This extension is unique in that it doesn’t require any addition keywork added to the bassoon. Also unique in that it is fully chromatic, and so we can play Low A and the Bb. The operation is easy, push the Bb key halfway down for Bb and all the way down for A. This exact style of extension would not work for a gentlemen cut bassoon but a mechanism could probably be designed for that.

It is a big step up from the inserted extension but it still creates intonation and projection issues throughout the range. It is still interrupting the bore and the way the instrument was voiced. However this makes many more Low A circumstances possible. Such as this passage from the Tomasi Trombone Concerto

This would be normally unplayable since having a basic tube extension in means the Bb would sound as an A, and I can’t put in and take out the extension for just one note while playing. This is an example where the player either plays it all up an octave or doesn’t play the A.

Low A Bells are the most expensive option and someone has to think about how often they play Low A, and is it worth the price.

Having a Low A bell built is typically done when initially ordering a new instrument.

The Low A on these bells is operated with keywork that is permanently attached to the bassoon. This is either a touch piece on the right side of the low Bb key or as a larger key below the low C# key. Having it below the C# key would interfere with the pinky whisper key. The Low A bells still suffer from the acoustic deficiencies of tweaking with the bore. To really have a low A instrument built it would require a re-designed long joint and bell.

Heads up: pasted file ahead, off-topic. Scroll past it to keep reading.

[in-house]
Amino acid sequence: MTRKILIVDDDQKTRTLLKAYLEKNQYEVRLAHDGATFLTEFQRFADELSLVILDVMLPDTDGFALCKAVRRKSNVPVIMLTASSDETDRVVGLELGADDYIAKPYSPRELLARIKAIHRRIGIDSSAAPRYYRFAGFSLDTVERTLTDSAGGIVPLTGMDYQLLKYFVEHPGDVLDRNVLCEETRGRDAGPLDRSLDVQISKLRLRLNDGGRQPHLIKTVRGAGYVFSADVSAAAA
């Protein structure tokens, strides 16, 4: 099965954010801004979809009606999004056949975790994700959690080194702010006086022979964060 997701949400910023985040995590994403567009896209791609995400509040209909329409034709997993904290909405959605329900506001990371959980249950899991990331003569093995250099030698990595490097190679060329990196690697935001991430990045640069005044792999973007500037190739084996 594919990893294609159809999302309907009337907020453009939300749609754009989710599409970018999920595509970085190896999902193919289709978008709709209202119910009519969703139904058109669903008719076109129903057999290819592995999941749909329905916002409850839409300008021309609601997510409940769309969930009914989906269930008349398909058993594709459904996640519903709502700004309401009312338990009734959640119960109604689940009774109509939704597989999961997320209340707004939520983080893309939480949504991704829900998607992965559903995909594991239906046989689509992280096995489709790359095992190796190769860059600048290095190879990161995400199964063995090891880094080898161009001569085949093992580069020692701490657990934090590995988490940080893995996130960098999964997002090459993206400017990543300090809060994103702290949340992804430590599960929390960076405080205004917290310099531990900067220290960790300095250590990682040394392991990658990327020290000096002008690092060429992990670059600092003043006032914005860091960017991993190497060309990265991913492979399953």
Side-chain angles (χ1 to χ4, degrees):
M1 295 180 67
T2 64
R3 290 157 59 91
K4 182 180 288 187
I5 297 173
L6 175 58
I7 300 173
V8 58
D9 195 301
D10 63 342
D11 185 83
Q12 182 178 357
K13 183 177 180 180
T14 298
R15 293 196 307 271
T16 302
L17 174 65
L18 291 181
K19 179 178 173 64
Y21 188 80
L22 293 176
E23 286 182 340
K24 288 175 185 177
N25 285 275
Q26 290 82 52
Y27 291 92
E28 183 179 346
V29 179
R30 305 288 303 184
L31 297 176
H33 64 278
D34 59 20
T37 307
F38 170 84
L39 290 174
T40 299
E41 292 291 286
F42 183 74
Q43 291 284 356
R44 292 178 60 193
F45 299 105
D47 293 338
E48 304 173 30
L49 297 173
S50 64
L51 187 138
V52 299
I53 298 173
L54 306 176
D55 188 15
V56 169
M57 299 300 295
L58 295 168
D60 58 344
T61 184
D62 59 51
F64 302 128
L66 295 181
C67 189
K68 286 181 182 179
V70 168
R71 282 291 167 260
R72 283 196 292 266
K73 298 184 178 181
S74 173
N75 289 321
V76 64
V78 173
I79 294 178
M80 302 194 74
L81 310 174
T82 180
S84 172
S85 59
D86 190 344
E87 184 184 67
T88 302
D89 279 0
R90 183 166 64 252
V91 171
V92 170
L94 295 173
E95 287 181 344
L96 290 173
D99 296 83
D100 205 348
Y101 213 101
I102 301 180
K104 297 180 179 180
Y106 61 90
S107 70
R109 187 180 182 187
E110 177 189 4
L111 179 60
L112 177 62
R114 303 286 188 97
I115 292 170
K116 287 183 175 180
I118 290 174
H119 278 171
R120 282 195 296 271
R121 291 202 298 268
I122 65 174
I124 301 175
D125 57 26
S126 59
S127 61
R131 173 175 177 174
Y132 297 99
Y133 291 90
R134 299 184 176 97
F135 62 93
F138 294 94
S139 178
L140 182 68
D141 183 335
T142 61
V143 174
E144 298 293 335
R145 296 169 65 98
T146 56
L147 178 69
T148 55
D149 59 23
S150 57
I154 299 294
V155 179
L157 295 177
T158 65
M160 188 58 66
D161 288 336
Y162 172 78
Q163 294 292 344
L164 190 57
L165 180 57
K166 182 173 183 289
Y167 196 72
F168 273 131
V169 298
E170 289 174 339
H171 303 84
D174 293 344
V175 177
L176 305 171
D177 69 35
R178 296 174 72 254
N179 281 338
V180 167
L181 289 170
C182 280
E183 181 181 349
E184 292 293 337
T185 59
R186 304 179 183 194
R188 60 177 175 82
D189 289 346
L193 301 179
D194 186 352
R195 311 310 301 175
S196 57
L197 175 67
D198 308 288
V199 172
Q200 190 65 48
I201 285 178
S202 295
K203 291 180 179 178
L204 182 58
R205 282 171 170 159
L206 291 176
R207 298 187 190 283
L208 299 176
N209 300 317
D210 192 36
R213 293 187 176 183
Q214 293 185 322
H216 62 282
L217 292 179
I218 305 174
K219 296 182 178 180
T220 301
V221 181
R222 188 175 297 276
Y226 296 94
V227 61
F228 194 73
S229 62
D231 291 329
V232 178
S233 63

I don’t know why bassoon bottoms out at Bb. It historically always has, but with most orchestral works being in sharp key signatures, it seems like A would be more useful. The need to play A’s began with Wagner, Strauss, and Mahler and now still comes up in new pieces. It would be great if a bassoon manufacturer would mass produce some chromatic extensions!


Keyed Kontraptions Holiday Stream

Here is the holiday live stream! If you watch the video on youtube there is a program listing with time stamps in the description.

Nomad Session – Cool Grey City

Nomad Session recently finished a large work that took place over multiple concerts. This was a commission from Nick Benavides  that he based on different landmarks aspects of San Francisco. The videography was done by Maggie Beidelman.

“What about San Francisco’s tucked away stair cases, community gardens, block sized patches of green and that one “quiet spot” in the neighborhood park with a great view that only a local can lead you to? These are the hidden spaces we are interested in and we believe that there is something more magical waiting to be discovered amidst all the fog that fills this city we call home”





Bassoon Keywork Replating

Last summer I had time to send my bassoon in to get replated. When I bought it, I really liked the sound and response but it felt physically rough to play and some of the keys had pitting.

I sent my bassoon to Chad Taylor in Illinois and he ended up removing the plating himself. He then sent the instrument’s keys and metal bands out to be worked on.

After getting the keyword back he repadded the bassoon and redid all of the bumpers, corks, and felts. It took him a few months to do the whole project, but it ended up looking and feeling much better. Contact Chad about bassoon repair at chadtaylorwoodwinds.com